Molecular classification of breast cancer identified the basal like subtype, characterized by high heterogeneity and a very poor prognosis. These tumors are mainly triple negative, characterized by the expression of basal markers: CK5/6 and EGFR. In this study, we sought to investigate the features, outcome and therapeutic modalities of basal-like breast cancers (BLBC).
We retrospectively identified 90 BLBC patients diagnosed between January 2009 and December 2013 at the Department of Surgical Oncology of Salah Azaiez Institute.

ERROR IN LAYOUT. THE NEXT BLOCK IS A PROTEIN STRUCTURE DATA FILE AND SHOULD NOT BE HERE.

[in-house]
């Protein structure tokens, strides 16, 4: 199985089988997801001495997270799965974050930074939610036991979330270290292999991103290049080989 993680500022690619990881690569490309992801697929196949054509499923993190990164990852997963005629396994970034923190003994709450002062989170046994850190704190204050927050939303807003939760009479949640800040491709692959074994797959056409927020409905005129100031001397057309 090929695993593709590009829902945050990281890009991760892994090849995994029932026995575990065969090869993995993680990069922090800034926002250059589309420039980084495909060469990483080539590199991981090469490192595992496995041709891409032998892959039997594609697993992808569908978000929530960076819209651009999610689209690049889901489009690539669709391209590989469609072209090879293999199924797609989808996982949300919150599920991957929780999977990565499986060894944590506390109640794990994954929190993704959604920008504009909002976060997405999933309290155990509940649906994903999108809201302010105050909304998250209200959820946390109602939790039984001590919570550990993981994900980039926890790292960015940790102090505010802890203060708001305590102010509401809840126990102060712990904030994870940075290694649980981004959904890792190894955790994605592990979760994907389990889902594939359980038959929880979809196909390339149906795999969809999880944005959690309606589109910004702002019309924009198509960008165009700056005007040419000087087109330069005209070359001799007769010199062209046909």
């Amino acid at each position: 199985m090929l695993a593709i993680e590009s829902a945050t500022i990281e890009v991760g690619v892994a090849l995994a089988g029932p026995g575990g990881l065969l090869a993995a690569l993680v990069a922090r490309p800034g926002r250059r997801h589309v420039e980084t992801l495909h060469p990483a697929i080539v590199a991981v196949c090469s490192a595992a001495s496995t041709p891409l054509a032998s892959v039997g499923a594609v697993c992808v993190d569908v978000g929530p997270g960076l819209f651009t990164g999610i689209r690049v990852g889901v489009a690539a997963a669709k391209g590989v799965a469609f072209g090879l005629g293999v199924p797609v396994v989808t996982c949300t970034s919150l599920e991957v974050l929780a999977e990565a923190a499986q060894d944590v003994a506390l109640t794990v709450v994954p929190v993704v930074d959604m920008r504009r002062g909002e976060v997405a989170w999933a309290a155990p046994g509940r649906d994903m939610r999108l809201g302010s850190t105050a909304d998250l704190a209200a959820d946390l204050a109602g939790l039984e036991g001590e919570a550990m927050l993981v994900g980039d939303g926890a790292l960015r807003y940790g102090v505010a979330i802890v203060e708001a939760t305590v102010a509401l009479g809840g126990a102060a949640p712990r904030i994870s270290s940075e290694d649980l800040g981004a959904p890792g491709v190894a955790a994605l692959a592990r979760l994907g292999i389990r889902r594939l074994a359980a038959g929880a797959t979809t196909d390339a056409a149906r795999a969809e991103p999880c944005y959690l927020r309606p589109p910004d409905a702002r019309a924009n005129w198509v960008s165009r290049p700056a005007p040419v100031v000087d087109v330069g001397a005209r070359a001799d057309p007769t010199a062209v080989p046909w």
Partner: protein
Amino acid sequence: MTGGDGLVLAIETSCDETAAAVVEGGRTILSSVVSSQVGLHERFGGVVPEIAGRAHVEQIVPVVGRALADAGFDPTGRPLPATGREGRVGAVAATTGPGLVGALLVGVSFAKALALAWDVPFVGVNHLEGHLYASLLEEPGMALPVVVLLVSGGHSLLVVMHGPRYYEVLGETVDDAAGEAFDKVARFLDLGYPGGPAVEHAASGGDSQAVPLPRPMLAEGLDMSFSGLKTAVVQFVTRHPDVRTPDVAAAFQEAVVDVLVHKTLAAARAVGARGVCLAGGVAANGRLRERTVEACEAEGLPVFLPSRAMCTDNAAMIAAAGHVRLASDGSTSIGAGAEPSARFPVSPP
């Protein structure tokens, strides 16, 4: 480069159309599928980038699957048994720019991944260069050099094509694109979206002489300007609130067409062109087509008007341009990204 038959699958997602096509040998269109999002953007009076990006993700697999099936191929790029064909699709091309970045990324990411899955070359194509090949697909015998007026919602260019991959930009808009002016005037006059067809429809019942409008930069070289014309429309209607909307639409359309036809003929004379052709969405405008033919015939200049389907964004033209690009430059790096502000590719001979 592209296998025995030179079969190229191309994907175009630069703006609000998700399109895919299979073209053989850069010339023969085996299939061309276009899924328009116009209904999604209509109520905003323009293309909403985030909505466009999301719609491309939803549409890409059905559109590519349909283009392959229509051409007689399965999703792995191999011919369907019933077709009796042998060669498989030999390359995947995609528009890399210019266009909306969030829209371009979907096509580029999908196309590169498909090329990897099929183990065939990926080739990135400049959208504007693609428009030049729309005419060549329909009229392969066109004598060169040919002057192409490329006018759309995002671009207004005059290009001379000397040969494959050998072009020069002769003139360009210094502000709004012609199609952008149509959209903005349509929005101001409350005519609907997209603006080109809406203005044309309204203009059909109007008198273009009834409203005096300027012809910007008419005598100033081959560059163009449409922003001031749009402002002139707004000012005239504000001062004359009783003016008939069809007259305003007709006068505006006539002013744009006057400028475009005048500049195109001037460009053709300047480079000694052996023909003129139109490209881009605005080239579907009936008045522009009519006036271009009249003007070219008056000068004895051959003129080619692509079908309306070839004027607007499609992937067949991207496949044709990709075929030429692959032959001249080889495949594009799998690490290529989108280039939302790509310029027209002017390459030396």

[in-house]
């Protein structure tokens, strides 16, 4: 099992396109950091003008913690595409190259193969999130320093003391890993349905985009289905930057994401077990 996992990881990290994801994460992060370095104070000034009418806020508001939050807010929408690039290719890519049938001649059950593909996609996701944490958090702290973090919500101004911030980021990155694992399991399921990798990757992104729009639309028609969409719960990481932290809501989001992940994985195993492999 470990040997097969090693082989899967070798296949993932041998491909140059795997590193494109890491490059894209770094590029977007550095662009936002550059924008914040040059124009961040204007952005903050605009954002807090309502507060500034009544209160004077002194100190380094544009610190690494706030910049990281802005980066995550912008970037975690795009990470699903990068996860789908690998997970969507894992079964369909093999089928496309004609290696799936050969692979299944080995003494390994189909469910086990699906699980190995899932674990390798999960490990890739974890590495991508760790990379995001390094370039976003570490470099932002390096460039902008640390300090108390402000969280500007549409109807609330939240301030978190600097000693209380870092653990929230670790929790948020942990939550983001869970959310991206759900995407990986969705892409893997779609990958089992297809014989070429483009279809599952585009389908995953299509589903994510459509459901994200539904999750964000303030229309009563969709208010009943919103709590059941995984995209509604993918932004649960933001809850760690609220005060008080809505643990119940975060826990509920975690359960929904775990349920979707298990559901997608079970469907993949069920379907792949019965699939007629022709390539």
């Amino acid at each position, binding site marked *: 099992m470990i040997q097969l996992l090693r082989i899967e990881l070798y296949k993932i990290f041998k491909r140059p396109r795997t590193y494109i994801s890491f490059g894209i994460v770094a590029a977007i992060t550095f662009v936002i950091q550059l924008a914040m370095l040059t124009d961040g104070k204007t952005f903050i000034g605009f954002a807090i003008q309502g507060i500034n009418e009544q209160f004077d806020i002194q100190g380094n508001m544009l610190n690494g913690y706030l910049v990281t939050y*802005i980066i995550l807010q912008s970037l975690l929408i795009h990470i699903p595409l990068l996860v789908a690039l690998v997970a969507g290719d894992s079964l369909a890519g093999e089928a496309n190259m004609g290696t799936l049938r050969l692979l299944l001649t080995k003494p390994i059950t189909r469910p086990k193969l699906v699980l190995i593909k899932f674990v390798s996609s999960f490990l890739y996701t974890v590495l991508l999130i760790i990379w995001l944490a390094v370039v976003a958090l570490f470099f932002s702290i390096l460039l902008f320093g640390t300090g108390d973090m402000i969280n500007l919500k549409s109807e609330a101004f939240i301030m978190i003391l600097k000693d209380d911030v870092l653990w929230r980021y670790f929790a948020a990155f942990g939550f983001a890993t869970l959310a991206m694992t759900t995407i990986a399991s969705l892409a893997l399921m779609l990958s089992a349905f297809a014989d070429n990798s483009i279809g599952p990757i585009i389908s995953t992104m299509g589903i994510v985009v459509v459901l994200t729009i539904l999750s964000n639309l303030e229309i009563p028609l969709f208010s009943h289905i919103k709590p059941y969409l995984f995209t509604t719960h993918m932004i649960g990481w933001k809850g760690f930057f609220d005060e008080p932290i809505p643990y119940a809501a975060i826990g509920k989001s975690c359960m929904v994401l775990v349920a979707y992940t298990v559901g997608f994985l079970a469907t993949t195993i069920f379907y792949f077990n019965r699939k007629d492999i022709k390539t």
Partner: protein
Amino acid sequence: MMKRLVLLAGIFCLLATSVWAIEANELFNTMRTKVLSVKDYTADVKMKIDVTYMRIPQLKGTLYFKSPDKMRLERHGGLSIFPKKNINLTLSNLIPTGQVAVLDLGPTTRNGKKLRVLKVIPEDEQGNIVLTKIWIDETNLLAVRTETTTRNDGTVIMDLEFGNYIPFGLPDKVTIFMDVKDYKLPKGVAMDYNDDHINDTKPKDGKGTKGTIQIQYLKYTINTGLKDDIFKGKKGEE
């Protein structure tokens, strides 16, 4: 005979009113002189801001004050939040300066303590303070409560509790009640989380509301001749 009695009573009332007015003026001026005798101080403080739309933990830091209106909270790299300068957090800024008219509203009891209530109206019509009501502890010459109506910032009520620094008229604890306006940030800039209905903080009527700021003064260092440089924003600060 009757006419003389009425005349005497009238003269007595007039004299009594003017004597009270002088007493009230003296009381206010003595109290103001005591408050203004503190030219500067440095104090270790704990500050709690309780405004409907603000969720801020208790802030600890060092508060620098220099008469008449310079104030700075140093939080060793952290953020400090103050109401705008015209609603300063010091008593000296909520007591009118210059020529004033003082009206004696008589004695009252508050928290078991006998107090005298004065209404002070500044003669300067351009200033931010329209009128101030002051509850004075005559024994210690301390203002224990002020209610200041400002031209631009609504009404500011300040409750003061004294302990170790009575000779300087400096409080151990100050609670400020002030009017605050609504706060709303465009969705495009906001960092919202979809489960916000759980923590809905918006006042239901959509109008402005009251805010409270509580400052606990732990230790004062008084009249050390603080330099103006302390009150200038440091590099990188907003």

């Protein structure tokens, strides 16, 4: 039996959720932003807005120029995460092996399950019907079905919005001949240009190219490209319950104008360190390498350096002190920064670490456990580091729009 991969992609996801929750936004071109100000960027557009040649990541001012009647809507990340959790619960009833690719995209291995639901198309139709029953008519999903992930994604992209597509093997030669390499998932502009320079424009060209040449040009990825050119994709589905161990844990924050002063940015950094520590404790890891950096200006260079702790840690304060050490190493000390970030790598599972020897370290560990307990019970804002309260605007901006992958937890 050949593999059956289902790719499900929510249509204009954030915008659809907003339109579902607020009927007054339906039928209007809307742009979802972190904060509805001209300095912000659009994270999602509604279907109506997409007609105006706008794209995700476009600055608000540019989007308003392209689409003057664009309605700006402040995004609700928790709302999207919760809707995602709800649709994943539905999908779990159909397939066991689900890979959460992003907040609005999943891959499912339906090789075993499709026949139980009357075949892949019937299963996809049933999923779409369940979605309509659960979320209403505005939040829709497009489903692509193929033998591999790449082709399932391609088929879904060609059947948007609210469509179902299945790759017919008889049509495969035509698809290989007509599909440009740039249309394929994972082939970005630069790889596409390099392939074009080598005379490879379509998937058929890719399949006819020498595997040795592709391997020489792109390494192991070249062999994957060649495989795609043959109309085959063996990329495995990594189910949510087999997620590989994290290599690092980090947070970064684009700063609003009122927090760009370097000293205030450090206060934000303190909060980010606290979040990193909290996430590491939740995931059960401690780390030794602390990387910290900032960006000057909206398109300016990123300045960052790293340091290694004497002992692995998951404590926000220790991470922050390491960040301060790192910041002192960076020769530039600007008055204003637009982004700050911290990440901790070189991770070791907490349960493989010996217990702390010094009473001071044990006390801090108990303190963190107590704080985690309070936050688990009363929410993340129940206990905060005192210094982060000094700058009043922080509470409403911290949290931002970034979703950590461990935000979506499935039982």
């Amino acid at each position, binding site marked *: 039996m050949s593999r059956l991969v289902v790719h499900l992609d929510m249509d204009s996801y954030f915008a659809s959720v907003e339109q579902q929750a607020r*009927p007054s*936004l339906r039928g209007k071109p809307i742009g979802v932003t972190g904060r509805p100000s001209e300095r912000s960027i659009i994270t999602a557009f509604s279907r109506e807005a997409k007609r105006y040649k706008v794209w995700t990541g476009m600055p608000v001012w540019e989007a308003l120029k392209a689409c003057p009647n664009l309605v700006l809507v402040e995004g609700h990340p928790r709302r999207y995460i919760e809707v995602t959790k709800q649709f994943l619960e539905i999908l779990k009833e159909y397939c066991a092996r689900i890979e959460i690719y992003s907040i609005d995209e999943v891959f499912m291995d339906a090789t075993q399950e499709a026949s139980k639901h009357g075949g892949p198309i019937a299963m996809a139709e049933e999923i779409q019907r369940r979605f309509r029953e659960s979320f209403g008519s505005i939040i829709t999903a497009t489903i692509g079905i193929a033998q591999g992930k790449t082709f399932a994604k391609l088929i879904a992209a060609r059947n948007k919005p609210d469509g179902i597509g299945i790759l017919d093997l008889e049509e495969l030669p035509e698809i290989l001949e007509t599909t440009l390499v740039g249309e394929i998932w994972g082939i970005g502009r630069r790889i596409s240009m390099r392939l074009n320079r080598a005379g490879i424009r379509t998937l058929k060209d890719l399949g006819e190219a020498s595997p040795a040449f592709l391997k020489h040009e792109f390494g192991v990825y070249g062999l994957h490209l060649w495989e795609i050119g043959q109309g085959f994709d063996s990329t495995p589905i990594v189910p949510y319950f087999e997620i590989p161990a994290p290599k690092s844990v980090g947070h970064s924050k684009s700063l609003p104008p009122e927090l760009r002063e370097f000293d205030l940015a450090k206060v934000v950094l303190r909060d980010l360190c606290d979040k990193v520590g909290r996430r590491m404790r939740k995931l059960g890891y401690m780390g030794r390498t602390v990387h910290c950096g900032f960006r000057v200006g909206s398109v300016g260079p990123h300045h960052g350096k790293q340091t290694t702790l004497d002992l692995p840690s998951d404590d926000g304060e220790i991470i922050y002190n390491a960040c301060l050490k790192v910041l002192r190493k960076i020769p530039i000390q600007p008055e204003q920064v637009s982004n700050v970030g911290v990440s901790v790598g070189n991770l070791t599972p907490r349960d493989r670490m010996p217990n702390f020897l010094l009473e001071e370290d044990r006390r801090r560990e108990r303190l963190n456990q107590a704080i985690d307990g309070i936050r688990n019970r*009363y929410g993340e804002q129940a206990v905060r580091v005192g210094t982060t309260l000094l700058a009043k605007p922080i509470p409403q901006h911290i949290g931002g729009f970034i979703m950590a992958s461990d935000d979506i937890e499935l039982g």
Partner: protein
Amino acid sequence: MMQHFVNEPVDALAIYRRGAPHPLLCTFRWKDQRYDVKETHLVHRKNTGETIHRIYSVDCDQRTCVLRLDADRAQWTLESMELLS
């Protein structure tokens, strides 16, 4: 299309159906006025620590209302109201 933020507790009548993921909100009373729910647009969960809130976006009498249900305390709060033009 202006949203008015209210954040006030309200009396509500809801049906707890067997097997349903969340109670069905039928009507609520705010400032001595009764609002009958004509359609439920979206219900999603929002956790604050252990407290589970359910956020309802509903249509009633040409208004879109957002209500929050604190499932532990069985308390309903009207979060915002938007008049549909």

The mean age of our patients was 50 years and 15.5% had a previous history of familial breast cancer. Mean tumor size was 43.8 mm. Histological examination revealed invasive ductal carcinoma in 88.9% of cases, metaplastic carcinoma in 5.6% of cases, medullary carcinoma and Adenoid cystic carcinoma in 2.2% of cases each. BLBC was most often associated with a high grade, grade III accounting for 55.3% and high Ki67 proliferative index. Vascular invasion was found in 31.1% of cases. Regarding lymph node involvement, 42.9% had positive lymph nodes and 7.9% featured distant metastases. Surgical treatment was possible in 85 patients. It consisted of conservative surgery in 40 cases and radical surgery in 45 cases. Neoadjuvant chemotherapy was administrated to 23 patients with a 13% complete pathologic response. The rates for overall survival and disease-free-survival at 3 years for localized stages were 74.4 and 75.9% respectively.